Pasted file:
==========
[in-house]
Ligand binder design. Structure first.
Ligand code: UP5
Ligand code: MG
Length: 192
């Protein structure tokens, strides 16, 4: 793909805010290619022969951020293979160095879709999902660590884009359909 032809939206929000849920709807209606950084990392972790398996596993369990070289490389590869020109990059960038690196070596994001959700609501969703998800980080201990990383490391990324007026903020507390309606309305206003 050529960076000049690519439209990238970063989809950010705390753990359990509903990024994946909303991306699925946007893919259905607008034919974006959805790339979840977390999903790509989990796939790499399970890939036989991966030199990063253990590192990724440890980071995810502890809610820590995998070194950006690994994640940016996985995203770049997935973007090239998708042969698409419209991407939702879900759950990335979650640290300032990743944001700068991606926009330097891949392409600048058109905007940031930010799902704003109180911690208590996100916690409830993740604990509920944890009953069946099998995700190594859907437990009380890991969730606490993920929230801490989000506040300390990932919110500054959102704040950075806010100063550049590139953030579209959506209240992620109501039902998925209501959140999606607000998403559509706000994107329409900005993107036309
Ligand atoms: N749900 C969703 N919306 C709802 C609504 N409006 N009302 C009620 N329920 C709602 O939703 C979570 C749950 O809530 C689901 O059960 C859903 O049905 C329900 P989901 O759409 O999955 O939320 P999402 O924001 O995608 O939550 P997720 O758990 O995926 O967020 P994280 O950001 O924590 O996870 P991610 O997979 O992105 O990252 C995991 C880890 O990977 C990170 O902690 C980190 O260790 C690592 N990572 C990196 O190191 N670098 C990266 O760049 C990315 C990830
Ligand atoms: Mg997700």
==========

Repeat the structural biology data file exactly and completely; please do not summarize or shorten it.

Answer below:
[in-house]
Ligand binder design. Structure first.
Ligand code: UP5
Ligand code: MG
Length: 192
């Protein structure tokens, strides 16, 4: 793909805010290619022969951020293979160095879709999902660590884009359909 032809939206929000849920709807209606950084990392972790398996596993369990070289490389590869020109990059960038690196070596994001959700609501969703998800980080201990990383490391990324007026903020507390309606309305206003 050529960076000049690519439209990238970063989809950010705390753990359990509903990024994946909303991306699925946007893919259905607008034919974006959805790339979840977390999903790509989990796939790499399970890939036989991966030199990063253990590192990724440890980071995810502890809610820590995998070194950006690994994640940016996985995203770049997935973007090239998708042969698409419209991407939702879900759950990335979650640290300032990743944001700068991606926009330097891949392409600048058109905007940031930010799902704003109180911690208590996100916690409830993740604990509920944890009953069946099998995700190594859907437990009380890991969730606490993920929230801490989000506040300390990932919110500054959102704040950075806010100063550049590139953030579209959506209240992620109501039902998925209501959140999606607000998403559509706000994107329409900005993107036309
Ligand atoms: N749900 C969703 N919306 C709802 C609504 N409006 N009302 C009620 N329920 C709602 O939703 C979570 C749950 O809530 C689901 O059960 C859903 O049905 C329900 P989901 O759409 O999955 O939320 P999402 O924001 O995608 O939550 P997720 O758990 O995926 O967020 P994280 O950001 O924590 O996870 P991610 O997979 O992105 O990252 C995991 C880890 O990977 C990170 O902690 C980190 O260790 C690592 N990572 C990196 O190191 N670098 C990266 O760049 C990315 C990830
Ligand atoms: Mg997700």